Ny Ålesund's proximity to the pole has made it the point of departure for many North Pole expeditions. In 1926 the airship Norge with captain Roald Amundsen and captain Umberto Nobile flew over the Noth Pole to Alaska, departing from Ny-Ålesund.
In 1928 Umberto Nobile, disapointed by the fact that the Norwegians had gotten all the credit for the previous flight over the pole, came back with an all Italian expedition to repeat the task. The airship crashed in the ice to the north of Spitsbergen.
Seven of the sixteen crew members were rescued after a major search and rescue operation. Roald Amundsen was taking part in the operation with his seaplane plane Latham. On his way from Tromsø to New Ålesund the plane disapeared in the Atlantic ocean.
The Coal Catastrophe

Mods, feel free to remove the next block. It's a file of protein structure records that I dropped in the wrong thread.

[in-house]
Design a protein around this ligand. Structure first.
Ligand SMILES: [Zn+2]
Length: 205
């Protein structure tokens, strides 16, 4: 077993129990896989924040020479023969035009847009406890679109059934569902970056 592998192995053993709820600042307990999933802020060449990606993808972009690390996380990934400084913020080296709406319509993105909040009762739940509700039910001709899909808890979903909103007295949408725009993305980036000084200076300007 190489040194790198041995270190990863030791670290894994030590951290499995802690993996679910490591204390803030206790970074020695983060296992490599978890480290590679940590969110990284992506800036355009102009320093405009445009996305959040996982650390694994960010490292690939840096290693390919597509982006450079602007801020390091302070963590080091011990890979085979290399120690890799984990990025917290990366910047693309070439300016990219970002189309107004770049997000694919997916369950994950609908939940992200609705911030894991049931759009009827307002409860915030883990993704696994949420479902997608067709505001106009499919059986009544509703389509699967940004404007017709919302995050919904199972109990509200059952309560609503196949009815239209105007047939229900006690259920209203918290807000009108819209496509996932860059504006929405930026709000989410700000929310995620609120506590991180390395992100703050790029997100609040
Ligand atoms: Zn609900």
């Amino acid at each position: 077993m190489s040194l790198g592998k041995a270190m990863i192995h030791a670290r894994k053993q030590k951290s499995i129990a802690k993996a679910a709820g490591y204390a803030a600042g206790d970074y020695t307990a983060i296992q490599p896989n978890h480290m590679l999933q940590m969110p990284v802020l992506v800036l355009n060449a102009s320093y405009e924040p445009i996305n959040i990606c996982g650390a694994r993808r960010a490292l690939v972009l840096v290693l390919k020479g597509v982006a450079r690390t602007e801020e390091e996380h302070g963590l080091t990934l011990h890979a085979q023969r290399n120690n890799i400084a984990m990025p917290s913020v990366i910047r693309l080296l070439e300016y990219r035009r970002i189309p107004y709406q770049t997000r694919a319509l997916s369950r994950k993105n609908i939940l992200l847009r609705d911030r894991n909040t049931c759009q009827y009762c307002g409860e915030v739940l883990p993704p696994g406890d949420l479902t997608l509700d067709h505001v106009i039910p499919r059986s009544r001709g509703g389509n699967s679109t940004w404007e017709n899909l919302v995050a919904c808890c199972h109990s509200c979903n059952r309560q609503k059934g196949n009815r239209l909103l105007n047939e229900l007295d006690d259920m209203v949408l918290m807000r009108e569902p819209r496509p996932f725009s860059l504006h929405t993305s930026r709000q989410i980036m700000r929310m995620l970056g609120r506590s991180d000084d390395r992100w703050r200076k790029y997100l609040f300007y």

In 1610 the English whaler Jonas Poole first found coal in the Kongsfjord, where Ny Ålesund is situated. It wasn't until the interwar period that coal was once again in demand. In 1916 Norwegian fishermen and other coal-reliant investors started the Kings Bay Kull Company in Ålesund, hence the name, and started mining the deposits at Ny-Ålesund.
The coal industry here was not a lucurative business and in 1929 the mining stopped. The Norwegian state took over the company and continued until the settlement was evacuated during the Second World War. After the war the state-owned company restarted the operation, however, a series of accidents in the following years caused mining in the area to cease for good in 1962.
The last accident had political consequences in Norway and the government had to resign after a report pointed out negligence on their part.
The settlement of Ny-Ålesund is now populated by scientists who come from all over the globe with a Chinese research base having been there the longest. There are also researchers from 15 other nations here.
The distance to the North Pole is half of the distance to Oslo from Ny Ålesund.